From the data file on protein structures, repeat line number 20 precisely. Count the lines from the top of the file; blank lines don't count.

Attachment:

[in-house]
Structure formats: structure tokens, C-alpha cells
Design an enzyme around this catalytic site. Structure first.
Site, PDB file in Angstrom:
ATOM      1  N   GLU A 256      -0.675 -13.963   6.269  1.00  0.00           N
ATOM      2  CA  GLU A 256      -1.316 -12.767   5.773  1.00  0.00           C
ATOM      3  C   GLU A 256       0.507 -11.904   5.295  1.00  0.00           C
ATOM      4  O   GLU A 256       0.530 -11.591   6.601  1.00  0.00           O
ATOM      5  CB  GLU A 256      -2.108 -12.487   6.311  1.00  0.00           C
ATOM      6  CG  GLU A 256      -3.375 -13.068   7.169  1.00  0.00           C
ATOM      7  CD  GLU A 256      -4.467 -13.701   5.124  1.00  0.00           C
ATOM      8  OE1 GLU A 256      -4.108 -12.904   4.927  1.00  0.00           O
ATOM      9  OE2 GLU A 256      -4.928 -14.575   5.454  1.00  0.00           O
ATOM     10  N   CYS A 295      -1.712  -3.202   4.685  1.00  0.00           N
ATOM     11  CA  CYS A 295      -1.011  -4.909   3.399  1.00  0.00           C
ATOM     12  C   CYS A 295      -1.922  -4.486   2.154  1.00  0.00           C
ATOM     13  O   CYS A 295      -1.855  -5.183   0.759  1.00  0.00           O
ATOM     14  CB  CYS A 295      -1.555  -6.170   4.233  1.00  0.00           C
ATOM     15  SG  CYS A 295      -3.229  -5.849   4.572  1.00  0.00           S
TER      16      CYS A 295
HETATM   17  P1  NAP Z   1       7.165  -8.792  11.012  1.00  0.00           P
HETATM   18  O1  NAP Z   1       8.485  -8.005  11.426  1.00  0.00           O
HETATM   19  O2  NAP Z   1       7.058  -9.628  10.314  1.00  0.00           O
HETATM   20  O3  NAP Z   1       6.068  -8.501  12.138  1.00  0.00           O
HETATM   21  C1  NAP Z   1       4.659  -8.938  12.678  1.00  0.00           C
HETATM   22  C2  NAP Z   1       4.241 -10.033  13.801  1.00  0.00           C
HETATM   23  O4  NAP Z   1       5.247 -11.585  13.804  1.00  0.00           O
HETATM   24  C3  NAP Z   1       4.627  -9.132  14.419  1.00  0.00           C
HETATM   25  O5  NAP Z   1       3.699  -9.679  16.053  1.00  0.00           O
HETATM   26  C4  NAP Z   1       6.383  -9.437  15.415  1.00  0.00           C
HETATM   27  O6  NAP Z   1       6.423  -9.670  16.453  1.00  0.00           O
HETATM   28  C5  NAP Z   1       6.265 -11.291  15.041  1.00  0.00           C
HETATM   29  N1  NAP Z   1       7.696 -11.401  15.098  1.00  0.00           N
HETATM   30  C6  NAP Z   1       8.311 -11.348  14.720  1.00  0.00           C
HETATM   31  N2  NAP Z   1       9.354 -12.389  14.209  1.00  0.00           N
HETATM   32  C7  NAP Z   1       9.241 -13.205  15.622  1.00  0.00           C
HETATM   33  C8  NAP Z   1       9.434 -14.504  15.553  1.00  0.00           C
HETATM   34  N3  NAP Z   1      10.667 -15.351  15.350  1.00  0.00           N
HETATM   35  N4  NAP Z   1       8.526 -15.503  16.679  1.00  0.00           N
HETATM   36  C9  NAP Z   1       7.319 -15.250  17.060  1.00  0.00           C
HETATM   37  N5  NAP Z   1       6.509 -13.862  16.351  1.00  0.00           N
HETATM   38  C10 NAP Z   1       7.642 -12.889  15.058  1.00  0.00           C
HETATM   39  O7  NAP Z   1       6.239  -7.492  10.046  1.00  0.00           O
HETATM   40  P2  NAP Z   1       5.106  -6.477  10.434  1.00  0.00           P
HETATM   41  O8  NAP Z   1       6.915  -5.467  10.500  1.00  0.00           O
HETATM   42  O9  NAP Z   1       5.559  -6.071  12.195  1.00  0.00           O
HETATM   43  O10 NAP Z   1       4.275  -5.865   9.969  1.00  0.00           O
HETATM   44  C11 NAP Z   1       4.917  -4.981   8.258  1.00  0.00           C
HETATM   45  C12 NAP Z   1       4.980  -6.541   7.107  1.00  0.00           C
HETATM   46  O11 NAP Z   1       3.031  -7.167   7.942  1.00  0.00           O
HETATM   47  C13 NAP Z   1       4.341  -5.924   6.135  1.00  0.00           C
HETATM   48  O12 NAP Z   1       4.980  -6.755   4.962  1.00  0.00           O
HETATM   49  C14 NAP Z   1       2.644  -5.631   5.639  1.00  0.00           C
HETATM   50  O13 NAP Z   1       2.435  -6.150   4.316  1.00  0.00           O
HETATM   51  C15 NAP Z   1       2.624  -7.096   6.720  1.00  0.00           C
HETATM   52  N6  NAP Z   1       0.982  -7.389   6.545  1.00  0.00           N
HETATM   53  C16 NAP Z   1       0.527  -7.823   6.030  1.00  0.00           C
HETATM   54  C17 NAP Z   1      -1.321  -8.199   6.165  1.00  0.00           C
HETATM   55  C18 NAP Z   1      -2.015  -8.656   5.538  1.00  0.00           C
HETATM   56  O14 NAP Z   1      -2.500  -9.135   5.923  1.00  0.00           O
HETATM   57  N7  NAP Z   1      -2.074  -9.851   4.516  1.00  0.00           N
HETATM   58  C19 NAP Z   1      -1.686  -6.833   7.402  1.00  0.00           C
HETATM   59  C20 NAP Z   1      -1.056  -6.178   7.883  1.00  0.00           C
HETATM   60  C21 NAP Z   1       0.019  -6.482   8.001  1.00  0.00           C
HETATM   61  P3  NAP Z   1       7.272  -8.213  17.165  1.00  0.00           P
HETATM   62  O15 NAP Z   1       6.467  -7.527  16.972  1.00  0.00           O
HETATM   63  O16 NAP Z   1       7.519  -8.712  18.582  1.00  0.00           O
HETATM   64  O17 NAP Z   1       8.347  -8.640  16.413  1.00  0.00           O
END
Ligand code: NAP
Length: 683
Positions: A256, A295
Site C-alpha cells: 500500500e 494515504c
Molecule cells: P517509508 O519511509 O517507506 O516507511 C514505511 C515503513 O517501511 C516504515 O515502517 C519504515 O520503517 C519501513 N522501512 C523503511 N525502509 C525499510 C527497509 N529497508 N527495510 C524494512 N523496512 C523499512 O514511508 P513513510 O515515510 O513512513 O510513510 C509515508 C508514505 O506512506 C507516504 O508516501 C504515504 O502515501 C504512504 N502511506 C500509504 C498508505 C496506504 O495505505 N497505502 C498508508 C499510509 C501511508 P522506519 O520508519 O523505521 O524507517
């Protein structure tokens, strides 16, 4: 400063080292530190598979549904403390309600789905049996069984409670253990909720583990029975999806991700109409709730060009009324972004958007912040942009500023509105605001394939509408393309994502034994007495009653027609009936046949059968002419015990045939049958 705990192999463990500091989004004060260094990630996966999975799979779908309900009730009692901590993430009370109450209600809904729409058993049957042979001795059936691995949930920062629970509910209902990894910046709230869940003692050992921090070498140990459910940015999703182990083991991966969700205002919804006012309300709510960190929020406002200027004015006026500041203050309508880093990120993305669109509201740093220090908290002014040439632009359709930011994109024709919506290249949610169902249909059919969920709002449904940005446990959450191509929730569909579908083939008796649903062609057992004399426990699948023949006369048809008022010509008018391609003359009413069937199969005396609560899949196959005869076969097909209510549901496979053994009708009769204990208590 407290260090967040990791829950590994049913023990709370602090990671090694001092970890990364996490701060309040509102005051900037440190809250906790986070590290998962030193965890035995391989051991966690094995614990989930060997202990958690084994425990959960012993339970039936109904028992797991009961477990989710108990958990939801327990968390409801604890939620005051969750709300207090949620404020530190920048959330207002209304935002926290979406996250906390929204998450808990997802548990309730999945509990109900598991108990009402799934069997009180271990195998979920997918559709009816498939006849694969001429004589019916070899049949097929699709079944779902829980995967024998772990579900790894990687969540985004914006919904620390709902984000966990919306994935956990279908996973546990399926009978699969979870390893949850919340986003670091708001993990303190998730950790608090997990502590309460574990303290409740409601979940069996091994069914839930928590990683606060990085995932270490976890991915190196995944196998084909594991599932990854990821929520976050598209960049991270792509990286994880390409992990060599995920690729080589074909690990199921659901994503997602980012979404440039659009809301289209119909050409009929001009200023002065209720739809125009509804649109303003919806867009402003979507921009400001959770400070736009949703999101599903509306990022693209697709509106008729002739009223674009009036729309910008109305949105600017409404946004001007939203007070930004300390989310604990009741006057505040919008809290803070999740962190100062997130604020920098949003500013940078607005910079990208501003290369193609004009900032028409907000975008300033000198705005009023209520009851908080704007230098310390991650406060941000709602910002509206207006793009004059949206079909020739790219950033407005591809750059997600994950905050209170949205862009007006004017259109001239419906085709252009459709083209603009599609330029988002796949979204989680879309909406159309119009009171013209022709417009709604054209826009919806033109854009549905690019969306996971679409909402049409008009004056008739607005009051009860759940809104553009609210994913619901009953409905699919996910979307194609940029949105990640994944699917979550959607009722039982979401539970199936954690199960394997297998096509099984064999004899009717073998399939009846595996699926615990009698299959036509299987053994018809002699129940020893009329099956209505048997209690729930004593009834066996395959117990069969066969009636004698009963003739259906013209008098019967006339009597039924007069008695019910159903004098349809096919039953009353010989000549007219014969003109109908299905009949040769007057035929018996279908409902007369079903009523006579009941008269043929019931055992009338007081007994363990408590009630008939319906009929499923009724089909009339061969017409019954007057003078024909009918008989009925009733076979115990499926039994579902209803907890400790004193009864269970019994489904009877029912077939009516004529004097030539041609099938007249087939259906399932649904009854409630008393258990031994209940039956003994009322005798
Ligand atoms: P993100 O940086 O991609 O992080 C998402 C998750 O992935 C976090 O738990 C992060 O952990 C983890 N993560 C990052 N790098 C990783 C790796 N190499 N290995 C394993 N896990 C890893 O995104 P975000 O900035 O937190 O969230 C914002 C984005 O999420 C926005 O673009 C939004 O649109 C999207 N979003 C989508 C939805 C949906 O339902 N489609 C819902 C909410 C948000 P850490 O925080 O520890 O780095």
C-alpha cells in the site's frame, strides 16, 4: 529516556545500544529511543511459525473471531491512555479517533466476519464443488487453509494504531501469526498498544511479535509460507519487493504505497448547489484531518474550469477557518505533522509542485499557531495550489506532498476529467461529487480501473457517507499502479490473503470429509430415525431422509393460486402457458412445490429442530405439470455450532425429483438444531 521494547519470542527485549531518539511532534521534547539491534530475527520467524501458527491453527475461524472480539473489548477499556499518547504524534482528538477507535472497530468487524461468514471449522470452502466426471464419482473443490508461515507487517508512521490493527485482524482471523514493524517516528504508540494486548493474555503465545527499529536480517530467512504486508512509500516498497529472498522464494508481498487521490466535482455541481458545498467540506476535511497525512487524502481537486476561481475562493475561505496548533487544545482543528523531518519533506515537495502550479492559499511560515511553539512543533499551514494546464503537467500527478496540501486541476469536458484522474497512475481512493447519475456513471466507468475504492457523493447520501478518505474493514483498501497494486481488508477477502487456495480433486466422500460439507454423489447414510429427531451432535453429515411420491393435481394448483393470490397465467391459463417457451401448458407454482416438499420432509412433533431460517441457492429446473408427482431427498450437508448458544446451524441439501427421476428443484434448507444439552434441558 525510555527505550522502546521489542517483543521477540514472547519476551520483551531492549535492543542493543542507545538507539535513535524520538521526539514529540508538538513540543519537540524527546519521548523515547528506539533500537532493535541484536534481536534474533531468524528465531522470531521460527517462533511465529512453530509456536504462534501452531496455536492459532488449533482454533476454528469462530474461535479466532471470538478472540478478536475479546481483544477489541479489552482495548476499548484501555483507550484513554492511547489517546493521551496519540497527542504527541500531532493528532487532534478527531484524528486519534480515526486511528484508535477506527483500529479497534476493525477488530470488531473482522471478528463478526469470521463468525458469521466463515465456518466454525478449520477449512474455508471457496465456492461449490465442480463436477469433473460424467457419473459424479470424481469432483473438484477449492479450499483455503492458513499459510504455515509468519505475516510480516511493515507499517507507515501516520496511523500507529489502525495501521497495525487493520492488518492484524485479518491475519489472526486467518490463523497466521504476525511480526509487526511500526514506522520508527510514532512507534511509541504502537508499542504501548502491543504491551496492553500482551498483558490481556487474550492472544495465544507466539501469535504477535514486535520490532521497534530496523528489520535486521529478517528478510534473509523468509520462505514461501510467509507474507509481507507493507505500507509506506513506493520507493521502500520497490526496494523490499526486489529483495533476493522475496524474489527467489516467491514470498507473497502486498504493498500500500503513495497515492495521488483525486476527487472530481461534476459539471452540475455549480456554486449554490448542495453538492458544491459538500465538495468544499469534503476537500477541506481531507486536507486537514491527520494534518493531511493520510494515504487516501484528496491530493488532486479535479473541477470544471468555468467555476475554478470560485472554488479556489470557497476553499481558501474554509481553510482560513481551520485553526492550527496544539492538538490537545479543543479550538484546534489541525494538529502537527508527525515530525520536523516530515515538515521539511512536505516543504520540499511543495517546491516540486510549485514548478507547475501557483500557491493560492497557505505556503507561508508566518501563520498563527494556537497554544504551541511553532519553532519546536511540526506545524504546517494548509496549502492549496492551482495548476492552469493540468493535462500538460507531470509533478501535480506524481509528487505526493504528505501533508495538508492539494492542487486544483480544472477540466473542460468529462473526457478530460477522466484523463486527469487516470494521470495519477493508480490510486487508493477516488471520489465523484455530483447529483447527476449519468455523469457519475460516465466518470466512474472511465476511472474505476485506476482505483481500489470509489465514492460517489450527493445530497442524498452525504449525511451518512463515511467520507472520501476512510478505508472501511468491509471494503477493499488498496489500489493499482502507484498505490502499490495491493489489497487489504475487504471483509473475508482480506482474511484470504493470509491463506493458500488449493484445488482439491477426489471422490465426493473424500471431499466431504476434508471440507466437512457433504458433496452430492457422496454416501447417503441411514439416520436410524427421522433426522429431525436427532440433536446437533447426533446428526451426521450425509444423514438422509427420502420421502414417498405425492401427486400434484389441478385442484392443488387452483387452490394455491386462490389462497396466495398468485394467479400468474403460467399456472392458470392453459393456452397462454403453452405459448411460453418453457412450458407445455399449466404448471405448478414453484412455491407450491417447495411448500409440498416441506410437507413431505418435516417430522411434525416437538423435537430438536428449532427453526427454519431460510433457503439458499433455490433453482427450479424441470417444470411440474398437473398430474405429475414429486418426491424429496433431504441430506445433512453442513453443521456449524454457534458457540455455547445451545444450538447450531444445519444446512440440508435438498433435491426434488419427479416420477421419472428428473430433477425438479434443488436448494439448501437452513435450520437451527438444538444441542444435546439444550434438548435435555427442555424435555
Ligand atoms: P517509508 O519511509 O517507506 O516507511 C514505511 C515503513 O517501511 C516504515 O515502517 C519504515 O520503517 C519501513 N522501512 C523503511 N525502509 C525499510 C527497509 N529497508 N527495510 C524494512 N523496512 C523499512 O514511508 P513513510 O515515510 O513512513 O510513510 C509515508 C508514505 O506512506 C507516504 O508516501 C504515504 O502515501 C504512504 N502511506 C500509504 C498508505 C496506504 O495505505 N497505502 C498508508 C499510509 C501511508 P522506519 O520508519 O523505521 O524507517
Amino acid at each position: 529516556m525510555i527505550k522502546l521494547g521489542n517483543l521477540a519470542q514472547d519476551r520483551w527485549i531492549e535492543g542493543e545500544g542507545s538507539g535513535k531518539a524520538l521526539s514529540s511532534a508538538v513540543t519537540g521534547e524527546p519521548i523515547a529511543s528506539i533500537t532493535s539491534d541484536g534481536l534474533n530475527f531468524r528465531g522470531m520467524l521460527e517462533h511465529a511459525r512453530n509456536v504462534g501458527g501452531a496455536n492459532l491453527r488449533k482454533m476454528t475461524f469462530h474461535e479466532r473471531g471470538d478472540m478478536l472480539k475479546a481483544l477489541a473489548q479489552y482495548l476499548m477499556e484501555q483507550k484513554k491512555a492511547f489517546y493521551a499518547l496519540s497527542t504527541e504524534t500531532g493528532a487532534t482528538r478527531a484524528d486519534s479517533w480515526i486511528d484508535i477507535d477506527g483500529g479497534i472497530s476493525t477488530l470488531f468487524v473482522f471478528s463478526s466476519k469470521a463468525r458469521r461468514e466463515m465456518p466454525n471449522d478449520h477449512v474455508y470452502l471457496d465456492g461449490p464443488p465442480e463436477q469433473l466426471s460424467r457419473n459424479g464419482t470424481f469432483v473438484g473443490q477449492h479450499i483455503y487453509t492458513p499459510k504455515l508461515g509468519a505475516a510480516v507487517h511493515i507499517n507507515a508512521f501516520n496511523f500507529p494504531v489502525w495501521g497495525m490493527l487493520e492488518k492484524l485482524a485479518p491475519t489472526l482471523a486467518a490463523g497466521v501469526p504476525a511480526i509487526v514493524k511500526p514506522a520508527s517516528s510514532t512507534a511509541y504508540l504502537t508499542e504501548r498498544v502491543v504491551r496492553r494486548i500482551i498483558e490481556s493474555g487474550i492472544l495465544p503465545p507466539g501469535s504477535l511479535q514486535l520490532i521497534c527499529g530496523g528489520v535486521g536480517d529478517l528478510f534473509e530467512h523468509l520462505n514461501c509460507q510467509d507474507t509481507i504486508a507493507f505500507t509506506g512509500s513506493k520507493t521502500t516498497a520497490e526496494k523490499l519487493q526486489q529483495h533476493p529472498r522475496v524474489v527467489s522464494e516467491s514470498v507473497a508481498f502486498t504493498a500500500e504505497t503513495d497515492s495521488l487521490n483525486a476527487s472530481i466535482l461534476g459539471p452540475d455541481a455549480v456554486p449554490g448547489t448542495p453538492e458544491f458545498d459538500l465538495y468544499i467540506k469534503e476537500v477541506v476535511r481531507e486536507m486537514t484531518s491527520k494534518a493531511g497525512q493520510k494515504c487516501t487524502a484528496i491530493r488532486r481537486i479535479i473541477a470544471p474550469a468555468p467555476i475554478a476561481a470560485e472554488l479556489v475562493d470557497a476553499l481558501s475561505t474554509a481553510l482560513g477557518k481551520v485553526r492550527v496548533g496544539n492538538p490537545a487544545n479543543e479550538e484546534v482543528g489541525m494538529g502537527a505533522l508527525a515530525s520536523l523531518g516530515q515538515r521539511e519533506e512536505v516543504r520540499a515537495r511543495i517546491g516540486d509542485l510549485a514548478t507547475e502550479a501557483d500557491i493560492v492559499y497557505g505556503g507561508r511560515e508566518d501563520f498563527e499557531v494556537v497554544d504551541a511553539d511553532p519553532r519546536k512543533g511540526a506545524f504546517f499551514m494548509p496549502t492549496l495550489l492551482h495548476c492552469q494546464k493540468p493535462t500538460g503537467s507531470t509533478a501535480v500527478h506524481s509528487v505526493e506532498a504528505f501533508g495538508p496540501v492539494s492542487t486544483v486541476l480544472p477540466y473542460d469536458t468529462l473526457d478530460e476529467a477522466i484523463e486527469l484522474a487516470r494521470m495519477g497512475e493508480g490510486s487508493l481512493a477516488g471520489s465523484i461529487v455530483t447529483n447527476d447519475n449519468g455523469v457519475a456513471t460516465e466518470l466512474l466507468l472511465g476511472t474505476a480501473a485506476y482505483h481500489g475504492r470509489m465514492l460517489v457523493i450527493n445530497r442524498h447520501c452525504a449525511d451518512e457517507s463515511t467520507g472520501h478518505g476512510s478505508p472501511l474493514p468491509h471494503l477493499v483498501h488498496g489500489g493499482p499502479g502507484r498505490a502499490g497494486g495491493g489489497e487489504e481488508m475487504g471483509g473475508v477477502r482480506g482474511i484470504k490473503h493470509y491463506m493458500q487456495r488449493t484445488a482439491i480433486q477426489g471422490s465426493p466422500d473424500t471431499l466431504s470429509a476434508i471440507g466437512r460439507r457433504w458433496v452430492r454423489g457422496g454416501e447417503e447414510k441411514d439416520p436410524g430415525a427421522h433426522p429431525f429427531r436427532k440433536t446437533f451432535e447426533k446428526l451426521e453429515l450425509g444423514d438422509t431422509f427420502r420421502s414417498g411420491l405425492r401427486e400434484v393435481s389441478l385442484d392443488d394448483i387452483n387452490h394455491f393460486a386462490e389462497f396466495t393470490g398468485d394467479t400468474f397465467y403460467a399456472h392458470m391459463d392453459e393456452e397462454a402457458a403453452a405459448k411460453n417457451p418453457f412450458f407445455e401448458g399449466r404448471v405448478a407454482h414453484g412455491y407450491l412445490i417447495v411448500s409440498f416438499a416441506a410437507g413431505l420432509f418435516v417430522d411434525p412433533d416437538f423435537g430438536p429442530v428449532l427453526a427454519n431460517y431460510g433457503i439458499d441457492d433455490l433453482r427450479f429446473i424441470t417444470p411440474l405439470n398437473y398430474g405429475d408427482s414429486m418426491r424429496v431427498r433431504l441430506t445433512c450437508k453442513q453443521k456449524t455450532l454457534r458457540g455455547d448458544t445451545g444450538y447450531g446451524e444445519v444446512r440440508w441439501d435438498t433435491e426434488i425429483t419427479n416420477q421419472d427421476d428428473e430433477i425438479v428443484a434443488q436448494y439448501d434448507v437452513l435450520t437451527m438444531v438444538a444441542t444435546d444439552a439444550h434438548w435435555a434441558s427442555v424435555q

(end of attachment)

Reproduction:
TER      16      CYS A 295